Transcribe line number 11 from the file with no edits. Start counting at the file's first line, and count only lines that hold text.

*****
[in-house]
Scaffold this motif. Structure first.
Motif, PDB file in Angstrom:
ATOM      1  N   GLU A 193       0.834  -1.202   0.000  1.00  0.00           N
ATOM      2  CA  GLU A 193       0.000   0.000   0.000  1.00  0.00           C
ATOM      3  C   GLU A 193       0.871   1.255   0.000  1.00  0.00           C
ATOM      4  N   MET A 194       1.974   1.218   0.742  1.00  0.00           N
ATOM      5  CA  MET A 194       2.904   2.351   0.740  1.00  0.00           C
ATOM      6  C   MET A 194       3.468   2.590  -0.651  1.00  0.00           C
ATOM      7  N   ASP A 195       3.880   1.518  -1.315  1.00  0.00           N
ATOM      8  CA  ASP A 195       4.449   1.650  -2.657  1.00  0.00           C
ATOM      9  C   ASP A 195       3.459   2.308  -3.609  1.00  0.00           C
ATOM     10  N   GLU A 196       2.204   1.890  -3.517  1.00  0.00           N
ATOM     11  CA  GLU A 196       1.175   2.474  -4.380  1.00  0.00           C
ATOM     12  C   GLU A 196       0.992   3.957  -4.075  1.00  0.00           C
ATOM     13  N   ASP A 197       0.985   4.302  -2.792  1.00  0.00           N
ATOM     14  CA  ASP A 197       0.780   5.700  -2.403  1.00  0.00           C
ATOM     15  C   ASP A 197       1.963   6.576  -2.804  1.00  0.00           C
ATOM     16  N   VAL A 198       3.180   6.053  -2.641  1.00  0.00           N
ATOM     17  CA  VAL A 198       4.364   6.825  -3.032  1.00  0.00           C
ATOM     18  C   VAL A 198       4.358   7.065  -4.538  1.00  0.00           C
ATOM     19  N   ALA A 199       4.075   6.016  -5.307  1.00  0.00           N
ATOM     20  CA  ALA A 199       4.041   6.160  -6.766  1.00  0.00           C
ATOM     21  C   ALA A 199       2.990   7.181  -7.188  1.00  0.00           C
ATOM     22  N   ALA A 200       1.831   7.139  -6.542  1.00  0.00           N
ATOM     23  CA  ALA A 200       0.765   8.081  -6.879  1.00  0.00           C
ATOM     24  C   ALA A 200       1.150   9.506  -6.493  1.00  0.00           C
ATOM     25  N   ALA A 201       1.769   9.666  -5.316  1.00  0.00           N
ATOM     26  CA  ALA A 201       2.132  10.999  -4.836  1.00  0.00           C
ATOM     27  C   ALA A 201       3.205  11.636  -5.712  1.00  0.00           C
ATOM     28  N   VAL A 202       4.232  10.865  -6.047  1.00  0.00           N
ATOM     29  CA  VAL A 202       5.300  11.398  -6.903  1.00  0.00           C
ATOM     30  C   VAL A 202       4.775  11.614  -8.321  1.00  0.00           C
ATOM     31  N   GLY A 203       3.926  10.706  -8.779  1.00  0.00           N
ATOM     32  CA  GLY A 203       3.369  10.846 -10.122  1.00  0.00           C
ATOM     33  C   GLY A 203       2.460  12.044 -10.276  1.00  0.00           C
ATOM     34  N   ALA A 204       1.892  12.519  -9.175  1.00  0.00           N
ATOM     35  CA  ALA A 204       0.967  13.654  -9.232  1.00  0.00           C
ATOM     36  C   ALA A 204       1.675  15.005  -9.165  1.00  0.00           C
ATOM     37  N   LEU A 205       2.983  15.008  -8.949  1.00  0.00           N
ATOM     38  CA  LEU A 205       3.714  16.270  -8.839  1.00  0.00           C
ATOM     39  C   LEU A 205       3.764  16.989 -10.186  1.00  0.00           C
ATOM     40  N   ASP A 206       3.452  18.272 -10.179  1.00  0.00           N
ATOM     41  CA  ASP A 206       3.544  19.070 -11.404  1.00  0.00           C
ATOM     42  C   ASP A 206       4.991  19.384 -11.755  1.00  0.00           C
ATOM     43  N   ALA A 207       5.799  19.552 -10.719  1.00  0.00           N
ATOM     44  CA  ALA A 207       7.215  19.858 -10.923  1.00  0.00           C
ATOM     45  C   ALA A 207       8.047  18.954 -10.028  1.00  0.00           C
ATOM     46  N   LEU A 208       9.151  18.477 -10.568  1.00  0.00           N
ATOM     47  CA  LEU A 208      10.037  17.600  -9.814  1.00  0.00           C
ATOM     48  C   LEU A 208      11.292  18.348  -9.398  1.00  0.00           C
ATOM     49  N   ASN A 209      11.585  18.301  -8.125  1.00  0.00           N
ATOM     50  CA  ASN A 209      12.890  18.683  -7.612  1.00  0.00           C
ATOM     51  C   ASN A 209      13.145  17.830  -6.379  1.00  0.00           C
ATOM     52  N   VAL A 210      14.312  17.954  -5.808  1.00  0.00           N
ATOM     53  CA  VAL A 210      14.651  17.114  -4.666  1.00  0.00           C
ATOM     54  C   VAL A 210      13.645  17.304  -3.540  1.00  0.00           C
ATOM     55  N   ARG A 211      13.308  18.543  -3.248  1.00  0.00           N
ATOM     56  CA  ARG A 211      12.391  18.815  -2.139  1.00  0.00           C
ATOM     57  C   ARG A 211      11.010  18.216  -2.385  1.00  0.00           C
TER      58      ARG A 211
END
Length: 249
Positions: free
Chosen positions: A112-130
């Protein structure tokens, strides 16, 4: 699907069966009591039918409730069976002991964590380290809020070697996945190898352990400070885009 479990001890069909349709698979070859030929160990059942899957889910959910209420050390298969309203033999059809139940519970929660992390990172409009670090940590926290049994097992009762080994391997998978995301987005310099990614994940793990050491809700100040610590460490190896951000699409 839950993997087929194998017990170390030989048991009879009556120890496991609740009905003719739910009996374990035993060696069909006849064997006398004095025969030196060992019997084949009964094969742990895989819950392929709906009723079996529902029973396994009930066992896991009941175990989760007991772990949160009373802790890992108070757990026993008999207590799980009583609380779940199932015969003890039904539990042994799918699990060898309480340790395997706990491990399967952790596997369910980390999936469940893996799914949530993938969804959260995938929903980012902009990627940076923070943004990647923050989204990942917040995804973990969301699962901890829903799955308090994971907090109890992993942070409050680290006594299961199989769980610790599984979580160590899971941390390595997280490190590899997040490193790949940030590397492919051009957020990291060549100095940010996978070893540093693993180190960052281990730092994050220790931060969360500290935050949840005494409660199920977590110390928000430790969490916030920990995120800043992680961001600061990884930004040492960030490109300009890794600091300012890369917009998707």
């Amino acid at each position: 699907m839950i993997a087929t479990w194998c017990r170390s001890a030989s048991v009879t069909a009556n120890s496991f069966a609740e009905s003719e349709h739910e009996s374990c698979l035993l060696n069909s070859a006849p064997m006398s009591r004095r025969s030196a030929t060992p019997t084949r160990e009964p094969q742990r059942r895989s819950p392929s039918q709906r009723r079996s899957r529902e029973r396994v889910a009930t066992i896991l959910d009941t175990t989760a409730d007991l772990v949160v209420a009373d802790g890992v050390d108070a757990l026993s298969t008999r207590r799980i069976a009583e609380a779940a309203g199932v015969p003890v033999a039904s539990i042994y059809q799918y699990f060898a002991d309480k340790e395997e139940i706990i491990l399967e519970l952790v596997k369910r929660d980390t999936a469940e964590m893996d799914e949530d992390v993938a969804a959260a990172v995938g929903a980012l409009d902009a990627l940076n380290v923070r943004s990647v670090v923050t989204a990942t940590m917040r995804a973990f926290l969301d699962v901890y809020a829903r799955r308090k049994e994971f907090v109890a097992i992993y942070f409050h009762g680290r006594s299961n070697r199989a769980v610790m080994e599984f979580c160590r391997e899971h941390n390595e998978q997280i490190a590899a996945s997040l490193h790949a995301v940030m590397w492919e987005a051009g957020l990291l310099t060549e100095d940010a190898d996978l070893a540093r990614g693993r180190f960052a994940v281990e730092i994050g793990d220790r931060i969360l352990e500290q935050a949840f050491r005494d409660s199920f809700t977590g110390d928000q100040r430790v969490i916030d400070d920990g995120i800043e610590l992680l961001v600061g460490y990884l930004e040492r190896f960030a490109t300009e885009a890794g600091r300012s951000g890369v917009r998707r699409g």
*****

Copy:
ATOM      8  CA  ASP A 195       4.449   1.650  -2.657  1.00  0.00           C